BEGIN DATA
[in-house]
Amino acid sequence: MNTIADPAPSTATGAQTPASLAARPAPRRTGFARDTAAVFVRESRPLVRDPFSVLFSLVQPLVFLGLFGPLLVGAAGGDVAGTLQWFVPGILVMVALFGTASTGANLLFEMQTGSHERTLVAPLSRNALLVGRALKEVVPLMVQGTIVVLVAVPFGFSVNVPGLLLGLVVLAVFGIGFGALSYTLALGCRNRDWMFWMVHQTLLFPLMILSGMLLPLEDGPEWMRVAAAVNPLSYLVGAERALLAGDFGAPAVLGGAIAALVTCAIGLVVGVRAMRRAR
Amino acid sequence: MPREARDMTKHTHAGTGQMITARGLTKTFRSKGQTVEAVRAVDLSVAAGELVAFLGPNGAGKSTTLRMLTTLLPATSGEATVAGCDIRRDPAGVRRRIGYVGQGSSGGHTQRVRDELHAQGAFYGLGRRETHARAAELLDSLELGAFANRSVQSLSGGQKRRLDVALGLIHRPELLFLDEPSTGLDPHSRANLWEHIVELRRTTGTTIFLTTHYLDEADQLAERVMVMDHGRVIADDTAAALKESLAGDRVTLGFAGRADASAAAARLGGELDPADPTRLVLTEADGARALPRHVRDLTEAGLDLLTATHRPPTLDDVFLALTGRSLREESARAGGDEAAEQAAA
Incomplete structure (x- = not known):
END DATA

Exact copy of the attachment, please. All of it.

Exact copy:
[in-house]
Amino acid sequence: MNTIADPAPSTATGAQTPASLAARPAPRRTGFARDTAAVFVRESRPLVRDPFSVLFSLVQPLVFLGLFGPLLVGAAGGDVAGTLQWFVPGILVMVALFGTASTGANLLFEMQTGSHERTLVAPLSRNALLVGRALKEVVPLMVQGTIVVLVAVPFGFSVNVPGLLLGLVVLAVFGIGFGALSYTLALGCRNRDWMFWMVHQTLLFPLMILSGMLLPLEDGPEWMRVAAAVNPLSYLVGAERALLAGDFGAPAVLGGAIAALVTCAIGLVVGVRAMRRAR
Amino acid sequence: MPREARDMTKHTHAGTGQMITARGLTKTFRSKGQTVEAVRAVDLSVAAGELVAFLGPNGAGKSTTLRMLTTLLPATSGEATVAGCDIRRDPAGVRRRIGYVGQGSSGGHTQRVRDELHAQGAFYGLGRRETHARAAELLDSLELGAFANRSVQSLSGGQKRRLDVALGLIHRPELLFLDEPSTGLDPHSRANLWEHIVELRRTTGTTIFLTTHYLDEADQLAERVMVMDHGRVIADDTAAALKESLAGDRVTLGFAGRADASAAAARLGGELDPADPTRLVLTEADGARALPRHVRDLTEAGLDLLTATHRPPTLDDVFLALTGRSLREESARAGGDEAAEQAAA
Incomplete structure (x- = not known):